In the event of my death, I have decided to write this to you, my family, while still alive. I want to be remembered for who I am: a mostly moral person.
No matter how I die, whether it is within high school or college or afterward, I have a request.
I have no desire to be embalmed or made up. I’m not getting post mortem Botox. I do not want to be buried in a plot next to my mother or father. Modern day burial not only hurts the environment via embalming fluid, but it is also very wasteful. Why should they put me in a metal casket and douse it with concrete? Why not use these resources for living progress and innovation? Why not build a skyscraper or a rocket to Mars with those materials? Maybe I’ll be immortalized by sending my poetry on a golden record in a new Voyager.
I have no desire to be cremated. The fossil fuels used for a single cremation, even on aborted fetuses and stillborn babies is enough to drive a car for 500 miles. Why not celebrate my life with a road trip instead?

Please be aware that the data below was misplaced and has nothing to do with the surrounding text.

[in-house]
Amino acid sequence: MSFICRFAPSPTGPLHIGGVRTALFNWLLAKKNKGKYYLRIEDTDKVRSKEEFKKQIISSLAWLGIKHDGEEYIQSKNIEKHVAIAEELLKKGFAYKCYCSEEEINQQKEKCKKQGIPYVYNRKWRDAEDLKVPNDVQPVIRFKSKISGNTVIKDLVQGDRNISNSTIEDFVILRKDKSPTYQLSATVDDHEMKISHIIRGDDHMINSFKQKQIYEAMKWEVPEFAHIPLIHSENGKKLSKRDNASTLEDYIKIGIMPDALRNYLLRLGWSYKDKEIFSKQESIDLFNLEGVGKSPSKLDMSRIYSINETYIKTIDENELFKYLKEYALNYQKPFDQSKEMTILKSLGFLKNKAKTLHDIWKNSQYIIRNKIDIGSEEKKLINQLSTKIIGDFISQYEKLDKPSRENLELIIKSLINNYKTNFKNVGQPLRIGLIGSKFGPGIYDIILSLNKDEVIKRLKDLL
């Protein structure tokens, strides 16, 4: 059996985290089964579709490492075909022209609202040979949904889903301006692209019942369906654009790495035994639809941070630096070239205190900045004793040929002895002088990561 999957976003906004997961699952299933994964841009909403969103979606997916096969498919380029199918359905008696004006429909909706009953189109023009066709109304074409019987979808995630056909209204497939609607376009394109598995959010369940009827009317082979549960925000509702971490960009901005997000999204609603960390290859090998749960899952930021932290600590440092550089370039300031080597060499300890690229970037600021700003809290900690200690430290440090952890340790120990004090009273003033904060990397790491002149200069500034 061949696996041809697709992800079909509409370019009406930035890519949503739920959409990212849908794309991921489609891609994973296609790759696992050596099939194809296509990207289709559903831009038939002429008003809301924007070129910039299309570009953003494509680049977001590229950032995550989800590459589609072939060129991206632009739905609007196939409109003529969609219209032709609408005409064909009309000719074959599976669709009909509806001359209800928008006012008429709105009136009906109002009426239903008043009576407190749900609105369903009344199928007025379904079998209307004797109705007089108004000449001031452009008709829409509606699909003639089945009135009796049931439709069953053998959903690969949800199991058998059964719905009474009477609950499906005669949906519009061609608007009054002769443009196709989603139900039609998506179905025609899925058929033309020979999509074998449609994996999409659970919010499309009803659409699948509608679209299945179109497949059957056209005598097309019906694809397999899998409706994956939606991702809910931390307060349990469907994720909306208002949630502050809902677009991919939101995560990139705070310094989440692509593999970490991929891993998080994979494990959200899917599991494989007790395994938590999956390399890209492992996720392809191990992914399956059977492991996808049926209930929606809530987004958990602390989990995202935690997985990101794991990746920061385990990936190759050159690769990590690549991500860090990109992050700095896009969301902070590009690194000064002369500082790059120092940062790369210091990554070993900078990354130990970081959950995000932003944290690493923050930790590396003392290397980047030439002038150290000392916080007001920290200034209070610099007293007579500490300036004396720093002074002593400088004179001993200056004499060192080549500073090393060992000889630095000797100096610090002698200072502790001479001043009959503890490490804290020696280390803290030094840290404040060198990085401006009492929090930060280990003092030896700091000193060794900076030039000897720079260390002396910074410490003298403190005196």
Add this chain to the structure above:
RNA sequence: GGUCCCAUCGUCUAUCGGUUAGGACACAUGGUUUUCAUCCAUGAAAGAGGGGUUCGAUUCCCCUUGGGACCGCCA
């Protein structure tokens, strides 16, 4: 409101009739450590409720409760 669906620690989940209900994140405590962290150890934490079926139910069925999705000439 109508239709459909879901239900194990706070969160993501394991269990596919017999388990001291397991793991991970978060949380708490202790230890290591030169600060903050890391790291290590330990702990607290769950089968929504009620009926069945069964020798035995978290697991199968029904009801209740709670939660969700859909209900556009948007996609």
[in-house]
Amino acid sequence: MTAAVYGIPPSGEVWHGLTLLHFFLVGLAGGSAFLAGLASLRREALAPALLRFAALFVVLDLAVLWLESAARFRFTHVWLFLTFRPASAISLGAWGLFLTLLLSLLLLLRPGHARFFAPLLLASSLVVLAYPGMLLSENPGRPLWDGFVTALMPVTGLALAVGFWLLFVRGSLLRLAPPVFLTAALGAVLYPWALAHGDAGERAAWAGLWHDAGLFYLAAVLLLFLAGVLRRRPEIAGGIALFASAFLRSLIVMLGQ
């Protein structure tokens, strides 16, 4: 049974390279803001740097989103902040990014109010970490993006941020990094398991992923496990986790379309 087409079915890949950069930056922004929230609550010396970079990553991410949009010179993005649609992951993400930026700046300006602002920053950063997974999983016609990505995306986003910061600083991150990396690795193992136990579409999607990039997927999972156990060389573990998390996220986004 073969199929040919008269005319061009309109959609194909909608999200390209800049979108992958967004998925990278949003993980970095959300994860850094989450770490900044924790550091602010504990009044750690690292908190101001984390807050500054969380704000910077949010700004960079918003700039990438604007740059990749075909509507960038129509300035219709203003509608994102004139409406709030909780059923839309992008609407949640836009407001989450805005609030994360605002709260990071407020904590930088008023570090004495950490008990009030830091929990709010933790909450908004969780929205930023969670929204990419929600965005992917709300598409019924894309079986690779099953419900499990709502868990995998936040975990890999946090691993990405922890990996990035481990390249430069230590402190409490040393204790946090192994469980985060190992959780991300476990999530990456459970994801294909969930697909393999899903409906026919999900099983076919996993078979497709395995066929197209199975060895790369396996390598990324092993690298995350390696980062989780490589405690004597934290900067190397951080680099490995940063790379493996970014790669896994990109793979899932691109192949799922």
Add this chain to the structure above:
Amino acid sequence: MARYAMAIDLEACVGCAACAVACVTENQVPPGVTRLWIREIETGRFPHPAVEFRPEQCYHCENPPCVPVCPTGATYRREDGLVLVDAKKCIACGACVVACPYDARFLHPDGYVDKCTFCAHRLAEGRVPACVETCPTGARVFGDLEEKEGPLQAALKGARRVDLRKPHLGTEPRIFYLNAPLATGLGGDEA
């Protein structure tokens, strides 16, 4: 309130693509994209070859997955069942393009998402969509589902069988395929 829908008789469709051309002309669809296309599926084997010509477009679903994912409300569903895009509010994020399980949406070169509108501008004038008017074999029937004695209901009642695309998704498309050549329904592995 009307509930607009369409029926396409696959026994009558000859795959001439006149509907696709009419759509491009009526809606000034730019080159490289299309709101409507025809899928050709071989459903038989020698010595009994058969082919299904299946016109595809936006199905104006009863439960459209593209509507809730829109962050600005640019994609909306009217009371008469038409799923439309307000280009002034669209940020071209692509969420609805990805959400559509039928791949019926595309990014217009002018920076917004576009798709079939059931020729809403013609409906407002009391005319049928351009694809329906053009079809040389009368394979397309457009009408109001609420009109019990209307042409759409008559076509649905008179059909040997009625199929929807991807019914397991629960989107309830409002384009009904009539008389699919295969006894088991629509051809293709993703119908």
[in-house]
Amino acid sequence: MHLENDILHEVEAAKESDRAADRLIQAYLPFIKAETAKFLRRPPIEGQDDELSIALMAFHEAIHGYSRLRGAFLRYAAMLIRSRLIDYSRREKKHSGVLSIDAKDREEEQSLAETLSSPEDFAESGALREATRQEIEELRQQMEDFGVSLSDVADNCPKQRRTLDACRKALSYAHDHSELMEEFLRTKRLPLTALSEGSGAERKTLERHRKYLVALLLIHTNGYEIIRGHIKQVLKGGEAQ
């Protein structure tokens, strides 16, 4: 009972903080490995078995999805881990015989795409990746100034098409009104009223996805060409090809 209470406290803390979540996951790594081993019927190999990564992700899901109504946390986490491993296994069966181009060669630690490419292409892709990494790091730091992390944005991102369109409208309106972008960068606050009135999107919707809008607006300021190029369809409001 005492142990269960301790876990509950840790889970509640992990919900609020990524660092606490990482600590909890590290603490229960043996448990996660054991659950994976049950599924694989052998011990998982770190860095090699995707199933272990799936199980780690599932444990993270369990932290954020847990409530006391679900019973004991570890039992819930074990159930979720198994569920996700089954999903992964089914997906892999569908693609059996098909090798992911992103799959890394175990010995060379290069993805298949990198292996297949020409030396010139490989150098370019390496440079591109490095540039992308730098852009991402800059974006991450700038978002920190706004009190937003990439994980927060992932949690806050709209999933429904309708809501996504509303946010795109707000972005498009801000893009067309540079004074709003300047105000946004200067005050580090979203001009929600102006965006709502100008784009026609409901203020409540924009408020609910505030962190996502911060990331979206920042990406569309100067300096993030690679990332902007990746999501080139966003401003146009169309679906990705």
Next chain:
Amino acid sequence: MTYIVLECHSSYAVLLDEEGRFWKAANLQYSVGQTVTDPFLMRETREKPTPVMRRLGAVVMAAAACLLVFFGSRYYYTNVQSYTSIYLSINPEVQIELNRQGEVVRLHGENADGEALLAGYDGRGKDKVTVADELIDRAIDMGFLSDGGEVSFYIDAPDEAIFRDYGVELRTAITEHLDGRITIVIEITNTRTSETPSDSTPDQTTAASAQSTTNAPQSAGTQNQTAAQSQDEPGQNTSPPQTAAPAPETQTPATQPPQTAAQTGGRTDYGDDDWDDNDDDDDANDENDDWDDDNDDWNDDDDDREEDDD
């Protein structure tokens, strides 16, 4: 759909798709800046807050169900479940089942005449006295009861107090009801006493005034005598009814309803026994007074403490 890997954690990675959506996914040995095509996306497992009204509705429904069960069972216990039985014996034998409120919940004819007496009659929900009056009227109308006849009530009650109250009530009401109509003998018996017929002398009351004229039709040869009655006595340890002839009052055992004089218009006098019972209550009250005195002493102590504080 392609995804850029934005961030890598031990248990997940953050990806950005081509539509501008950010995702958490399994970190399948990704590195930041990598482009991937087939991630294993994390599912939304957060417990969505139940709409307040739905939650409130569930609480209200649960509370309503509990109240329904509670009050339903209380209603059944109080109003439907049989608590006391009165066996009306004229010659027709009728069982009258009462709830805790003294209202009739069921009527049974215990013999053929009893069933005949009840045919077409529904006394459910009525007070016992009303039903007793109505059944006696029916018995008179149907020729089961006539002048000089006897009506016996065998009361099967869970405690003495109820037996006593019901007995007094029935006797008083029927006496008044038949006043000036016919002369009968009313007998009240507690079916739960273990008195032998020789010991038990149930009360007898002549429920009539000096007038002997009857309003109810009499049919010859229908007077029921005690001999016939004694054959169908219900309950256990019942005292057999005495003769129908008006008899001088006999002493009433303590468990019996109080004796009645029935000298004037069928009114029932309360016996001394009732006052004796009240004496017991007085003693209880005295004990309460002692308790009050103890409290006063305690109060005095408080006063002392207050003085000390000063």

Lower my body into the ground in a wicker casket, with my cat’s remains in my arms, straight into the ground. Right in the dirt with the worms. You can commemorate my short time on Earth with a plaque or a headstone. Use my body’s decomposition to grow trees and wildflowers. Sit a few chairs and a table by my graveside and watch nature take me back.
I was born an animal. For the majority of my childhood, up until 17, I consumed animals. Let the cows, chickens, pigs, and whitetail deer have their nip at me. After all we have all done to these creatures, give them the chance they deserve. We deserve to give back to the world if we want, and we should do it before it’s too late.
Finally, as a writer, what’s death without a good epitaph? Though I love the Slaughterhouse Five epitaph, I feel that plagiarizing one of my favorite fellow Hoosiers would be disgraceful.
Here is my own:
I am not an ivy, I am a tree with roots. Let me feed you as you have fed me.
That is all. I am resting well now, so I have to tell you: good night.